Next week, my blog turns 9.
I’ve been doing this — off and on, not always well — for nine years.
Why do I keep doing this, even though I’m not getting a paycheck for it? Even though it doesn’t always align fully with my main career path? Even though there are probably hundreds of blogs out there just like mine, and really, all writing advice boils down to the same three main points?
What’s the point?
Above all, I’m doing it for you, of course. Obviously, if I didn’t have a sizable audience after nine years, there’d be no point in continuing. That would be a great example of how not to run a blog.
But I’m also doing it for me. I’m the one who created this monster, after all.
I firmly believe there’s something to be said about a writer who can consistently commit to a project over a long period of time. I’ve published a post on this blog every single day since June 1, 2015. This may be just a blog, but if I were hiring a writer, I’d want someone who could show me the level of dedication it takes to keep up with something like this for over two years straight.
Also, routines are fun, they keep me in a creative mindset, and honestly, I have a lot of things to say.
When it comes to seeking freedom as a writer, a blog can do more for you than you might realize.
Generally, when I sit down to write a blog post, I bind myself to very few restraints. Other than keeping the subject matter relevant to you, the reader, I’m not usually too picky about format or style beyond what I’ve come to develop automatically after doing this for so long.
I don’t worry about SEO or clickbait headlines or anything like that here. This isn’t my day job, where all of these things are required in order to turn a profit. This is my space to create content when and how I want to. And I think having that sense of freedom, personally, makes me a better writer.
I get to experiment here. Most people subscribed don’t actually ever read anything I post, so it’s not like doing anything too crazy will reach the far corners of the internet anyway.
Blogging builds confidence and allows you to test your limits, especially in the early stages or if you’re maintaining a relatively small following.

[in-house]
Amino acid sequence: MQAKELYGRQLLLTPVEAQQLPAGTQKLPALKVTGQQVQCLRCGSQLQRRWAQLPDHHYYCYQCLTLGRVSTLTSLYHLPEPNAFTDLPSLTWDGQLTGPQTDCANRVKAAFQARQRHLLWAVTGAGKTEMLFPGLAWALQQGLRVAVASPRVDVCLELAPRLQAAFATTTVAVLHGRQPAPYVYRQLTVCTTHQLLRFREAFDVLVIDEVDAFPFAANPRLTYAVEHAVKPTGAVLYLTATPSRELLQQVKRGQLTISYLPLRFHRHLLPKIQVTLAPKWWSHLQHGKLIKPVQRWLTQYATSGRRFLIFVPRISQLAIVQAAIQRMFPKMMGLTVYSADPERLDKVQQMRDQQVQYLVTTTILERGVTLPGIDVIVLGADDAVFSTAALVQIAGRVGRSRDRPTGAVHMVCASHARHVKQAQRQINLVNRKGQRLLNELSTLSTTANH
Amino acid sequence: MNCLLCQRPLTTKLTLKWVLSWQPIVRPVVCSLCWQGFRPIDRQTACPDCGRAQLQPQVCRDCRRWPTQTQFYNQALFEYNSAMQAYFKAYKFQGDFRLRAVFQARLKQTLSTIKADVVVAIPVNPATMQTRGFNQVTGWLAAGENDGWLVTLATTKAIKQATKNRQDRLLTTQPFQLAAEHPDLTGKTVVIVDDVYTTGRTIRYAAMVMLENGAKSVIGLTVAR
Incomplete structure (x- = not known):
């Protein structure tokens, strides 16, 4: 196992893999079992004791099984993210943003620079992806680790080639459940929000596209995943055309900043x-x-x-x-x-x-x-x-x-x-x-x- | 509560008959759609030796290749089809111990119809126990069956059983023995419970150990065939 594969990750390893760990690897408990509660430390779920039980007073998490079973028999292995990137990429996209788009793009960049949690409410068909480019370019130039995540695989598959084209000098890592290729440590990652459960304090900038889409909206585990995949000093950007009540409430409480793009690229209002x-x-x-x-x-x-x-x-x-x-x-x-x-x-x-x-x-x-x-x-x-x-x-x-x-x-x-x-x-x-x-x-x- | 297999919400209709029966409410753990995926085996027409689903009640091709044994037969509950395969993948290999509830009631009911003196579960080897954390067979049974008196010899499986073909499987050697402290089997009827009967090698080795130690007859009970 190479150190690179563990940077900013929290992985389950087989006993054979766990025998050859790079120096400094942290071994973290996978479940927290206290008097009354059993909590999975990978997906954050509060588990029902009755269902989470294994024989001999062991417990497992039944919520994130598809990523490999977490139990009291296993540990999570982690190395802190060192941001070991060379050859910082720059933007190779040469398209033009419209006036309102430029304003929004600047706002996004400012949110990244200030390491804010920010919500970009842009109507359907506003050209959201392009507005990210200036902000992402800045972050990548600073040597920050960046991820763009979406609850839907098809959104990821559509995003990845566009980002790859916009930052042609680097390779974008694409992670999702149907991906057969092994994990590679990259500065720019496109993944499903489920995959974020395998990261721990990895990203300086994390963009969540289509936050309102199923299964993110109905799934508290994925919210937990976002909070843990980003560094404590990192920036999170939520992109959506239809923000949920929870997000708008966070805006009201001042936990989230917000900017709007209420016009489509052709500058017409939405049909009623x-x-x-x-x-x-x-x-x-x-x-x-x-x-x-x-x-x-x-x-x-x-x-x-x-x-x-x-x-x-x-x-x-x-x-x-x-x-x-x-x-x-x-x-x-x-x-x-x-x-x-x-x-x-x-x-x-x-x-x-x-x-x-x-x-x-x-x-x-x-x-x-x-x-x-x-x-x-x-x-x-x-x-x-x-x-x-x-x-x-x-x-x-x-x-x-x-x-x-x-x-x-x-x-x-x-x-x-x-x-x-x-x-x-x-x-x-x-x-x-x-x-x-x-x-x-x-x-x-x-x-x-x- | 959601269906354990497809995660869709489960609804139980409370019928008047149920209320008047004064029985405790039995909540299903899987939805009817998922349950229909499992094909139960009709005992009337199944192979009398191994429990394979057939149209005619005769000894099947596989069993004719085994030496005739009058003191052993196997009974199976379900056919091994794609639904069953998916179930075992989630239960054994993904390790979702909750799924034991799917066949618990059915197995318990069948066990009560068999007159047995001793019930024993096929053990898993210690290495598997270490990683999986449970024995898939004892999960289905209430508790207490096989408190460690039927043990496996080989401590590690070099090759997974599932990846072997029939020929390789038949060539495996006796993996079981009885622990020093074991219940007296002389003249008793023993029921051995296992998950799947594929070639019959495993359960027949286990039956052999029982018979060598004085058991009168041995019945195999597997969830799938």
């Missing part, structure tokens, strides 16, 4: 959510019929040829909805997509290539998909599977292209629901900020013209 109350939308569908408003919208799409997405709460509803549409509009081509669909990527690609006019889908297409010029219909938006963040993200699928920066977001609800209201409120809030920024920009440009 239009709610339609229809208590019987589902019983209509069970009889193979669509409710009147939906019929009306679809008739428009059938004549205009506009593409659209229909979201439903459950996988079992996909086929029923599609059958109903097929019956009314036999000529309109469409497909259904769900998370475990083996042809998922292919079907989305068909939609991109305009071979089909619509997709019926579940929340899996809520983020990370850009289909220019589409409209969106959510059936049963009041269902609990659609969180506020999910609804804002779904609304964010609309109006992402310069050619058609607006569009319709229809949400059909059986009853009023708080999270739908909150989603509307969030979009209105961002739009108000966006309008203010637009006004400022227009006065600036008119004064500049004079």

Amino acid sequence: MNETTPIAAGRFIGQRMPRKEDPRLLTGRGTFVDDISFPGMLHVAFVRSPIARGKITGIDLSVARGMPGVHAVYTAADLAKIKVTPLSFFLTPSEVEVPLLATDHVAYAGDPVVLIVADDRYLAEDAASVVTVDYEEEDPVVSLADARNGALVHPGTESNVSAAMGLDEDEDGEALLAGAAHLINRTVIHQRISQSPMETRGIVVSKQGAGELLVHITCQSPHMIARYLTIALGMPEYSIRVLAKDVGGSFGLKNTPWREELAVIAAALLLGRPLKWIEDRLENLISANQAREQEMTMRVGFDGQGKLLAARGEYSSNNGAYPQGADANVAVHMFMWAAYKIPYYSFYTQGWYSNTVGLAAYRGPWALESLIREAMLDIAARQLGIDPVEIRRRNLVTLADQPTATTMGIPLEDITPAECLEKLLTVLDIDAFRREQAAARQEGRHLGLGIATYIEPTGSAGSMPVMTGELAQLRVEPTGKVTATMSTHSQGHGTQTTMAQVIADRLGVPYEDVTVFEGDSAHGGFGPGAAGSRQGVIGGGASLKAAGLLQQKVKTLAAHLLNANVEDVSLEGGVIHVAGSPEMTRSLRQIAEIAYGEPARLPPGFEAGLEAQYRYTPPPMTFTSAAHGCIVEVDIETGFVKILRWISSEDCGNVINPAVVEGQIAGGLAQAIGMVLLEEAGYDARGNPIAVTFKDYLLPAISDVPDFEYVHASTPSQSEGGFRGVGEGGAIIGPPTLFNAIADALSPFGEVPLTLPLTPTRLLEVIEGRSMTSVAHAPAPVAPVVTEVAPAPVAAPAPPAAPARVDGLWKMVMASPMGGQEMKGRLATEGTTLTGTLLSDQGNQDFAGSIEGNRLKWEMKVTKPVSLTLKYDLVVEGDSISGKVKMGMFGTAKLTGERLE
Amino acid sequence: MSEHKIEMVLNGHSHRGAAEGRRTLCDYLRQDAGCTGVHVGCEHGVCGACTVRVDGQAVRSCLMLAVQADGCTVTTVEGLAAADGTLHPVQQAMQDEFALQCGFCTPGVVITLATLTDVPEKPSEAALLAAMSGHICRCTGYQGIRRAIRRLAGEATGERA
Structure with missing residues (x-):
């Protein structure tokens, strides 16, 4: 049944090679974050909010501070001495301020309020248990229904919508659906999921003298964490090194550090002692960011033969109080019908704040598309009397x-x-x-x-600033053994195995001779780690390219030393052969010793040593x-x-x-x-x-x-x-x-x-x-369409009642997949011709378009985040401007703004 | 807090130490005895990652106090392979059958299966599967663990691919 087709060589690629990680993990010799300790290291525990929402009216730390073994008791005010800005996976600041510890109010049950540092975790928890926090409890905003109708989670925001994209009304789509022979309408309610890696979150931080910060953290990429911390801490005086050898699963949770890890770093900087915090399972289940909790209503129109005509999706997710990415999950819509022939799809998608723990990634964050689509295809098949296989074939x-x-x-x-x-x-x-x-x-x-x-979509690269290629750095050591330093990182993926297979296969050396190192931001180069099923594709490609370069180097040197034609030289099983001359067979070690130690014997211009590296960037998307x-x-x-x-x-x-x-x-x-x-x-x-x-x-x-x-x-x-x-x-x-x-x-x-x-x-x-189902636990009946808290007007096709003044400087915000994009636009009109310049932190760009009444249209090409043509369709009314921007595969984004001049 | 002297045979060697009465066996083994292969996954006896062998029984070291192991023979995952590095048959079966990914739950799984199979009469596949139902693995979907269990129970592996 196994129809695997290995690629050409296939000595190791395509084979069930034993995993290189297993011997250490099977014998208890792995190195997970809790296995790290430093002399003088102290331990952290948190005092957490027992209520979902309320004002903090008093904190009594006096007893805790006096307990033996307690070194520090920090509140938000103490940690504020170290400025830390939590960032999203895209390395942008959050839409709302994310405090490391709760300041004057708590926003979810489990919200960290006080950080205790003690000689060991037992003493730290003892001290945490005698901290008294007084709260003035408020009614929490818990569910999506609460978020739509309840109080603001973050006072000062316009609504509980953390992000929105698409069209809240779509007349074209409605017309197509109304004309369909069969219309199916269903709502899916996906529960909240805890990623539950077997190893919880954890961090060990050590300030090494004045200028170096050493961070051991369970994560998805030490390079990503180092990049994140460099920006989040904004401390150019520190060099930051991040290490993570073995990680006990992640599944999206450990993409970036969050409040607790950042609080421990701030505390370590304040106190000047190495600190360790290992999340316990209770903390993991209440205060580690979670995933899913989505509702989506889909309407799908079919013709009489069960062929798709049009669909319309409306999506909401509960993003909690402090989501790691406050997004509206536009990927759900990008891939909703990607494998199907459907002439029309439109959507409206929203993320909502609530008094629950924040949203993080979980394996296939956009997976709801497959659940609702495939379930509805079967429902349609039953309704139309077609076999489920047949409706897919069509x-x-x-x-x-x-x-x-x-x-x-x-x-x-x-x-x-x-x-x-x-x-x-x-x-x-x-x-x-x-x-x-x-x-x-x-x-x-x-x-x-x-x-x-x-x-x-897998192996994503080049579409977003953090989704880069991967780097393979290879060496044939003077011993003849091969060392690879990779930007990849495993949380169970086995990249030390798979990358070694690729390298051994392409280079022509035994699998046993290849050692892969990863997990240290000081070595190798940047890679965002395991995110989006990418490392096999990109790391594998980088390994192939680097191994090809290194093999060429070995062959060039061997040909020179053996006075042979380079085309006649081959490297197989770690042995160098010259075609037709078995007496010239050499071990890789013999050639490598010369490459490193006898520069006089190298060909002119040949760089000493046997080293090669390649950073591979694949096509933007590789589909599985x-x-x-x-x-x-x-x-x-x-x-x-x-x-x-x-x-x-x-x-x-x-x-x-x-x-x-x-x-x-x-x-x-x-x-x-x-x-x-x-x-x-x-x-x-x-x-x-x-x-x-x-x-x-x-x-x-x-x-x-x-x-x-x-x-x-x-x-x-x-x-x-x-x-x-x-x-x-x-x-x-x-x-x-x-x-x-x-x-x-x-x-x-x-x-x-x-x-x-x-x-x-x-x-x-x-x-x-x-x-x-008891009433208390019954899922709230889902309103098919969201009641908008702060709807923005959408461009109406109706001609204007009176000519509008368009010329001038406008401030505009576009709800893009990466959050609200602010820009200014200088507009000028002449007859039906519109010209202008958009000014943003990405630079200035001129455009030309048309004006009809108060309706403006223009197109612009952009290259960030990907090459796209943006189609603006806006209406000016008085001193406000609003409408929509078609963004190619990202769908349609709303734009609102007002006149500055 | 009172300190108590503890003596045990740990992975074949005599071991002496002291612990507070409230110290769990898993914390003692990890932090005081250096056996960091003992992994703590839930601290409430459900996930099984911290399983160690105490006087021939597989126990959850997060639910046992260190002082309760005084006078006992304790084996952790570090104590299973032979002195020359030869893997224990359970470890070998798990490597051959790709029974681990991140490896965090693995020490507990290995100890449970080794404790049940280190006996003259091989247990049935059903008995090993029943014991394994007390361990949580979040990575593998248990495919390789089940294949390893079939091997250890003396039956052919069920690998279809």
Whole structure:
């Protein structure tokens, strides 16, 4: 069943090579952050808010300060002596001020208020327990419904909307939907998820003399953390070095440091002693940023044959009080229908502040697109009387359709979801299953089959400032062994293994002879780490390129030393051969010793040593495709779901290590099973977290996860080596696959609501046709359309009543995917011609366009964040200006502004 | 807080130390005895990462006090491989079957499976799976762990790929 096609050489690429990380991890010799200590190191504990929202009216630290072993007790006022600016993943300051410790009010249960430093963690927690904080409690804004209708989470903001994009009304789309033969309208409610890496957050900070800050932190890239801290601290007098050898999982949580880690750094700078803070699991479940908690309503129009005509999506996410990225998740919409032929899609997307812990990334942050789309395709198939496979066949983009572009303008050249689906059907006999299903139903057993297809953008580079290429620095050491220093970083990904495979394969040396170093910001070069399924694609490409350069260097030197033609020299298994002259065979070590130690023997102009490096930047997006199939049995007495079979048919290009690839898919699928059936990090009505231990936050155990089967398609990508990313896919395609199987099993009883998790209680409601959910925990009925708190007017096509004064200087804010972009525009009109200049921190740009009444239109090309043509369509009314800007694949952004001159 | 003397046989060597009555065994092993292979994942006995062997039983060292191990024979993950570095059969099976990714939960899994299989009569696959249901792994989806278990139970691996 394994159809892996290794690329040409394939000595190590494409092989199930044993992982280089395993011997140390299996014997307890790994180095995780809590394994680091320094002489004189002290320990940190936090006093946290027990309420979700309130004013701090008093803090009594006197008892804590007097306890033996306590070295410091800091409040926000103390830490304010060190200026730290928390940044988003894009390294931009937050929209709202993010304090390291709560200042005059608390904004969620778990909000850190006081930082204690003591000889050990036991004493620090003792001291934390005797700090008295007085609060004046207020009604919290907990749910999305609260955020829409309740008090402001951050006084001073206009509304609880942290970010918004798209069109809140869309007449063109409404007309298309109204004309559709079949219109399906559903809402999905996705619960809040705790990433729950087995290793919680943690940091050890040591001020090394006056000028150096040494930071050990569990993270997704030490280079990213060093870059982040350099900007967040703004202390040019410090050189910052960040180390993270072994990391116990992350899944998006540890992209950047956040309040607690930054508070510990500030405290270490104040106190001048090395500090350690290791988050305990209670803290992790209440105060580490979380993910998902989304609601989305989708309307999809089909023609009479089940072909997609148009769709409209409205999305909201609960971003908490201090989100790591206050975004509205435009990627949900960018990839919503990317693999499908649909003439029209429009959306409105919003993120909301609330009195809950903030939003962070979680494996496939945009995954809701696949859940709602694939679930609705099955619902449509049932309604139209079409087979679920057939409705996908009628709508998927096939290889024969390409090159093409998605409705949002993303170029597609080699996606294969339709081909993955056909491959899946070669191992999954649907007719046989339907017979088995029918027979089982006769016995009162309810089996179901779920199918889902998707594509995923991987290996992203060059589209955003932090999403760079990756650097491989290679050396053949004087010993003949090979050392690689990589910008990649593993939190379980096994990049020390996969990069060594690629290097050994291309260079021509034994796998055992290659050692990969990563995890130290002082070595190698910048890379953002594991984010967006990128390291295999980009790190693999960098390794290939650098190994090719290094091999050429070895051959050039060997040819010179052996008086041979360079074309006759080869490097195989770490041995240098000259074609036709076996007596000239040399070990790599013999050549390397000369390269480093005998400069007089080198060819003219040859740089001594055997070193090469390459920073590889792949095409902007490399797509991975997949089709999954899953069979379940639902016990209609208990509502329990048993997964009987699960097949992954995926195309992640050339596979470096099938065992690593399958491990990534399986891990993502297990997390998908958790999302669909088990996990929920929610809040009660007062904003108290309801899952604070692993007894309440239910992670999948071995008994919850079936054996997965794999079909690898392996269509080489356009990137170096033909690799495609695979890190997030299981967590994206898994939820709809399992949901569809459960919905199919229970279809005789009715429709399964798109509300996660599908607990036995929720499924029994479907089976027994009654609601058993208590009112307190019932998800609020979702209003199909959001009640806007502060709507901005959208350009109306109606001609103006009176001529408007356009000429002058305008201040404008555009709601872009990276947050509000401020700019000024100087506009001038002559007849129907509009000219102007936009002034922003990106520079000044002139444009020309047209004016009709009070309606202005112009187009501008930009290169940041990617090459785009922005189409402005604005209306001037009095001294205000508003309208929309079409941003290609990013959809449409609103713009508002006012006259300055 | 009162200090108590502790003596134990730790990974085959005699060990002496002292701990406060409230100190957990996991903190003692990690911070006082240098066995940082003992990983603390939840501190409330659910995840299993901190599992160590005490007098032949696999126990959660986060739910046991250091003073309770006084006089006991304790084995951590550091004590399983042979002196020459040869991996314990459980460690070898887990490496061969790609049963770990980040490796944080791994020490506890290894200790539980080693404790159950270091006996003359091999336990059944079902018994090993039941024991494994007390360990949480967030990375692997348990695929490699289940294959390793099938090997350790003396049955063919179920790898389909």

Also, it’s nice to talk back-and-forth with some of you. Writing is lonely, you know. It’s good to be reminded that someone out there is listening/reading/caring.
I keep doing this because this is just what I do. I want to use my words to help people. I don’t exactly know the critical role a long-term blog might play in the direction of my future endeavors, but as often as I think about the future, it’s not worth worrying about the specifics.
That takes a way from actually getting writing done. And you already know how I feel about those kinds of distractions.
To be honest, blogging gets frustrating sometimes. It gets discouraging (as you witnessed last week). It sometimes reminds me of my flaws and how much more I still need to grow as a writer.
But that’s also exactly why I haven’t quit yet. Because you’re never going to become the writer you want to be if you don’t experience the negative aspects of writing along with the positive ones.
I’m here for another year. This is the first post I’ve written in over a week (isn’t pre-scheduling a beautiful feature?) and I’m ready to bring you more of the content you know and (might) love.
If you’re thinking about abandoning your blog, don’t do so without a logical reason. This is your space to do with what you wish. Do amazing things. Be creative. Be awesome. Set your ideas free.
Meg is the creator of Novelty Revisions, dedicated to helping writers put their ideas into words. She is a staff writer with The Cheat Sheet, a freelance editor and writer, and a 10-time NaNoWriMo winner. Follow Meg on Twitter for tweets about writing, food and nerdy things.